Flea Market Finds: Key Wall Hanging Refashion

I purchased this large dusty gold key shaped wall hanging for just a $1.00 during my last flea market trip. I could see the potential and brought it home for a quick refashion.

Key Refashion Before

This refashion was so easy and rewarding. First I gave it a good cleaning with mild car washing soap. After letting it dry I laid out an old tarp and grabbed a can of all-purpose glossy black spray paint I bought  for $1.99.  (At this point my husband stepped in because apparently I wasn’t using the proper spray paint technique.) He gave the key two good coats of paint and we let it dry over night. For less than $3.00 I transformed this bad 70’s gold decorative piece into a glossy black modern beauty that now graces the wall of my guest room!

Spray Painting the Key


Flea Market Finds: Antique Sewing Machine

Antique Sewing Machine Before

I hit up my local flea market this past weekend in search of some dusty treasures and inspiration. I was so excited to come across this little gem of modern industrialism and I had to share it with you. Check out the before and after pictures and the story below.
Antique Sewing Machine After









I found this beauty peeking out among lots of machinery and tools that I wouldn’t begin to know the origin of or uses for. The machine is obviously missing several parts that would be needed if you planned to actually sew with it, but that didn’t matter to me. I prize it simply for its beautiful sturdy, intricate lines and its romantic symbolish of a time past. I looked beyond the layer of dust and muck and could picture it sitting proudly on the nearly empty desk in my living room.

A cool $10.00 and a good scrubbing later and my vision comes to life!

I have tried to do some research online to find out more about the machine with little luck.  I believe it is from the 40’s and was made in Japan. The label says it’s a “Best Built” De Luxe model. I simply cleaned it up using a mild car wash soap and some warm water and now it’s on display in my living room, sure to be a conversation piece for years to come! I hope it can inspire you to find your own flea market treasure for your home.

Flea Market Tips and Tricks

Price Tags Are Just a Starting Point vendors expect you to haggle, don’t be afraid to offer less

Image Detail

See Beyond the Dust:  don’t focus on the piece in front of you, rather envision what could be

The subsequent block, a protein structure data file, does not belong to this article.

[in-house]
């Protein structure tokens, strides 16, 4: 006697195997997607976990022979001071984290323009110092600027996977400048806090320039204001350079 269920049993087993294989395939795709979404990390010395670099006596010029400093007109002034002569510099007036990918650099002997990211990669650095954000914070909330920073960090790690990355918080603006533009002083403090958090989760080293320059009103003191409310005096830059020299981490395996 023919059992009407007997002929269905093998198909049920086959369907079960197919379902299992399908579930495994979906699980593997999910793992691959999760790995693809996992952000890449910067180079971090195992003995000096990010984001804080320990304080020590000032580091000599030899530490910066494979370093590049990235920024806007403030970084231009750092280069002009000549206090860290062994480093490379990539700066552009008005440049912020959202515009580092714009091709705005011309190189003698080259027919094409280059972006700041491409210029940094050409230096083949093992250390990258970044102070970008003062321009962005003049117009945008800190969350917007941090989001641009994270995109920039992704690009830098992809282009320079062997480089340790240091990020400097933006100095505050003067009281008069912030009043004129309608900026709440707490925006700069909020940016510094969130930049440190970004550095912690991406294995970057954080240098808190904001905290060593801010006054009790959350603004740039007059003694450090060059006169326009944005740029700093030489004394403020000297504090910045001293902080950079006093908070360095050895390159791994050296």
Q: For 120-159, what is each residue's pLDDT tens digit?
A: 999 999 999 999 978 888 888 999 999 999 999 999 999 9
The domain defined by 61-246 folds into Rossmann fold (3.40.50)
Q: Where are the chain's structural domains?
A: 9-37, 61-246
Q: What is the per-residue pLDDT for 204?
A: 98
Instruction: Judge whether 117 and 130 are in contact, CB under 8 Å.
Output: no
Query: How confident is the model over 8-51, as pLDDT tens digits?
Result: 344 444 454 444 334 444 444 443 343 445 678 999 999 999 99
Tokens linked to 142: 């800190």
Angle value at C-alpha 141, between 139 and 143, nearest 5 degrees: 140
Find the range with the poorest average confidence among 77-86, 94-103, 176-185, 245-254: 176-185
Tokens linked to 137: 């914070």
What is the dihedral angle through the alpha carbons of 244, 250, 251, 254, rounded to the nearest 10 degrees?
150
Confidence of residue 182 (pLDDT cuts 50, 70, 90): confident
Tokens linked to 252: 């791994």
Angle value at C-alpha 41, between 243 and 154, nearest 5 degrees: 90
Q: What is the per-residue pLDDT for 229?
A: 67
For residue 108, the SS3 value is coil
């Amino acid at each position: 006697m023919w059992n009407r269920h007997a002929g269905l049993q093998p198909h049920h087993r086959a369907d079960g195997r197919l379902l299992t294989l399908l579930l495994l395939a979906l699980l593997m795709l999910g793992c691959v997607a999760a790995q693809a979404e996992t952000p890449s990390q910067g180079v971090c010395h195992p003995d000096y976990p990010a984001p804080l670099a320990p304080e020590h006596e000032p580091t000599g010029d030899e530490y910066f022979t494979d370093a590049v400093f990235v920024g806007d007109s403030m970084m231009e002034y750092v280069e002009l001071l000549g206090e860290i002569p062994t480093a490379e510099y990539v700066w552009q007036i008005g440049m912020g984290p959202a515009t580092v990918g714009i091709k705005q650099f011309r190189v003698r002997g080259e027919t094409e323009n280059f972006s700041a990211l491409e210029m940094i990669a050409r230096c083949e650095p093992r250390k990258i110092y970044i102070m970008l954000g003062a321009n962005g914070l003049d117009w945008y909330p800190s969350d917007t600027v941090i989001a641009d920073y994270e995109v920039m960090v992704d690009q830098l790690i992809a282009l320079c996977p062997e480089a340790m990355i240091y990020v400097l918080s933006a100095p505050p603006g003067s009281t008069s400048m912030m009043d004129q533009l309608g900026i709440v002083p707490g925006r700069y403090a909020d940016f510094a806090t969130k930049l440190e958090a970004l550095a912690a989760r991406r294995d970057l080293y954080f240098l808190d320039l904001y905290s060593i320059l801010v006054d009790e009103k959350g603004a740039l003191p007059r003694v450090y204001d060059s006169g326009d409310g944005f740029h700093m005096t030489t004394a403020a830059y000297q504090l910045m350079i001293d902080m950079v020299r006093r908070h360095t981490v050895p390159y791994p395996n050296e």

Don’t Be Afraid to Get Dirty:  some of the best deals may be buried deep and a little elbow grease goes a long way

Don’t Follow the Crowd:  The best deals may be had during the off-season, just before closing time, or during bad weather. The vendors are there to sell and may be more willing to bargain with you on a slow day.

Carry Cash: Money talks and it’s much easier to haggle with paper than plastic

Sometimes the Thrill is in the Hunt:  You may not find something wonderful on every shopping trip. Sometimes having disappointing days at the flea market makes finding that great treasure later even sweeter.

Easy to Knit Washcloth for Beginners

I love knitting washclothes. They are an easy, beautiful, and quick knitting project which is great for beginners. All you need to know to knit this washcloth is the basic knit and purl stitches.

If you need help with these stitches check out these great tutorials:

How to Knit

How to Purl

 You will use two patterns for this washcloth:

The Loop and  Cartridge Stitch


1 :  One Skein of Peaches and Cream Yarn in your favorite color

(or any  cotton worsted weight yarn)

2:   No. 7  4.5mm knitting needles

Washcloth Pattern/Instructions : 

Cast on 34 stitches

Not sure how to cast on? View this tutorial: Casting On

Loop Pattern Bottom Boarder

Row 1:  Knit all the way across

Row 2:  Knit one, Slip one (this means you slip the loop off of the left hand needle onto the right hand needle without knitting): repeat this pattern all the way across

Row 3: Knit all the way across

Row 4:  Knit two, Slip one : Then  continue knitting  one and  slipping one all the way across


Repeat these four rows in order two more times  for a total of 12 rows all together. Congratulations you’ve created your washcloth’s bottom border and you should have something that looks like this:

The center of your washcloth will be knitted using a cartridge stitch pattern.

Cartridge Stitch Pattern:

Row 13:   Knit all the way across

Row 14: Purl all the way across

Row 15:  Knit all the way across

Row 16:  Knit all the way across

Row 17:  Purl all the way across

Row 18:  Knit all the way across


Repeat these six rows in order 8 more times for a total of 36 Cartridge Stitch rows and a grand total of 48 rows counting your Loop Pattern border.

To finish up your washcloth you just repeat the loop pattern boarder again.

Loop Pattern Top Boarder

Row 49:  Knit all the way across

Row 50:  Knit one, Slip one (this means you slip the loop off of the left hand needle onto the right hand needle without knitting): repeat this pattern all the way across

Row 51: Knit all the way across

Row 52:  Knit two, Slip one : Then  continue knitting  one and  slipping one all the way across


Repeat these four rows in order two more times  for a total of 12 more loop rows and a grand total of 60 rows all together.

To finish up just cast off and weave in the stray end.

Need help casting off and weaving stray end visit these tutorials:  Casting Off       Weaving in Ends

Congratulations on knitting your washcloth! Soon you’ll be making them for everyone.